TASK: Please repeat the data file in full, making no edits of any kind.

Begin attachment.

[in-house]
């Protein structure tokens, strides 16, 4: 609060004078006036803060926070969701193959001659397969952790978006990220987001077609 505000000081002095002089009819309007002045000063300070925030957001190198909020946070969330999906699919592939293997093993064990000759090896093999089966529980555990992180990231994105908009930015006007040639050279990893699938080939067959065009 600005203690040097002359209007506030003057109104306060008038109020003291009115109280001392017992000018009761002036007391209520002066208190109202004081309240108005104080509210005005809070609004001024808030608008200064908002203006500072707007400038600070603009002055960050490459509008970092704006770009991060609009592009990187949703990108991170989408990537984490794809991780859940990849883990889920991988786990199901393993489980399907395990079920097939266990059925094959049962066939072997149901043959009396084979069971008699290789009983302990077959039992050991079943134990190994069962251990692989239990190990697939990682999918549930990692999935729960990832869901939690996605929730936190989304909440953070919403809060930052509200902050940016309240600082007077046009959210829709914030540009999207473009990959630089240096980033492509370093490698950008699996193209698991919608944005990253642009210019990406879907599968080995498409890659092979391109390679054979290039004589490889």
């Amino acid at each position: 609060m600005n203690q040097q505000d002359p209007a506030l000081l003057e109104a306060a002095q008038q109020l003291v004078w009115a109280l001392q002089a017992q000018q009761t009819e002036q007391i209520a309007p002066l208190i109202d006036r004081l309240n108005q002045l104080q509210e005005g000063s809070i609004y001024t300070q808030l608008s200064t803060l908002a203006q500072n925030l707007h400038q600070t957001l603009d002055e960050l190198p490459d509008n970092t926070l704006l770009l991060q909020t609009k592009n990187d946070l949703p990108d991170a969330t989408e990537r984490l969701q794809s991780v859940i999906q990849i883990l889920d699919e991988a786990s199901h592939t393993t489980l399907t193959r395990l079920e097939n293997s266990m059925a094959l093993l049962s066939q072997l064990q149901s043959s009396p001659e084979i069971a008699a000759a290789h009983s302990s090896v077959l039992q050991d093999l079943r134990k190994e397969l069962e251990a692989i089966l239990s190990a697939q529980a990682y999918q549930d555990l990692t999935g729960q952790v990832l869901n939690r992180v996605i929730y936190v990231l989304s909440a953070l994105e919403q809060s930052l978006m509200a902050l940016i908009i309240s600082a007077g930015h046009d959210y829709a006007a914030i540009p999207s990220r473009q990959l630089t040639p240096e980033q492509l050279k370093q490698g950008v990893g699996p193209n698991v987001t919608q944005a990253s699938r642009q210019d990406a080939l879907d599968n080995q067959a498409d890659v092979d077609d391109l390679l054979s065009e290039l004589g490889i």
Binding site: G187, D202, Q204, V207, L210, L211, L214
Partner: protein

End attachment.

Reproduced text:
[in-house]
């Protein structure tokens, strides 16, 4: 609060004078006036803060926070969701193959001659397969952790978006990220987001077609 505000000081002095002089009819309007002045000063300070925030957001190198909020946070969330999906699919592939293997093993064990000759090896093999089966529980555990992180990231994105908009930015006007040639050279990893699938080939067959065009 600005203690040097002359209007506030003057109104306060008038109020003291009115109280001392017992000018009761002036007391209520002066208190109202004081309240108005104080509210005005809070609004001024808030608008200064908002203006500072707007400038600070603009002055960050490459509008970092704006770009991060609009592009990187949703990108991170989408990537984490794809991780859940990849883990889920991988786990199901393993489980399907395990079920097939266990059925094959049962066939072997149901043959009396084979069971008699290789009983302990077959039992050991079943134990190994069962251990692989239990190990697939990682999918549930990692999935729960990832869901939690996605929730936190989304909440953070919403809060930052509200902050940016309240600082007077046009959210829709914030540009999207473009990959630089240096980033492509370093490698950008699996193209698991919608944005990253642009210019990406879907599968080995498409890659092979391109390679054979290039004589490889």
């Amino acid at each position: 609060m600005n203690q040097q505000d002359p209007a506030l000081l003057e109104a306060a002095q008038q109020l003291v004078w009115a109280l001392q002089a017992q000018q009761t009819e002036q007391i209520a309007p002066l208190i109202d006036r004081l309240n108005q002045l104080q509210e005005g000063s809070i609004y001024t300070q808030l608008s200064t803060l908002a203006q500072n925030l707007h400038q600070t957001l603009d002055e960050l190198p490459d509008n970092t926070l704006l770009l991060q909020t609009k592009n990187d946070l949703p990108d991170a969330t989408e990537r984490l969701q794809s991780v859940i999906q990849i883990l889920d699919e991988a786990s199901h592939t393993t489980l399907t193959r395990l079920e097939n293997s266990m059925a094959l093993l049962s066939q072997l064990q149901s043959s009396p001659e084979i069971a008699a000759a290789h009983s302990s090896v077959l039992q050991d093999l079943r134990k190994e397969l069962e251990a692989i089966l239990s190990a697939q529980a990682y999918q549930d555990l990692t999935g729960q952790v990832l869901n939690r992180v996605i929730y936190v990231l989304s909440a953070l994105e919403q809060s930052l978006m509200a902050l940016i908009i309240s600082a007077g930015h046009d959210y829709a006007a914030i540009p999207s990220r473009q990959l630089t040639p240096e980033q492509l050279k370093q490698g950008v990893g699996p193209n698991v987001t919608q944005a990253s699938r642009q210019d990406a080939l879907d599968n080995q067959a498409d890659v092979d077609d391109l390679l054979s065009e290039l004589g490889i």
Binding site: G187, D202, Q204, V207, L210, L211, L214
Partner: protein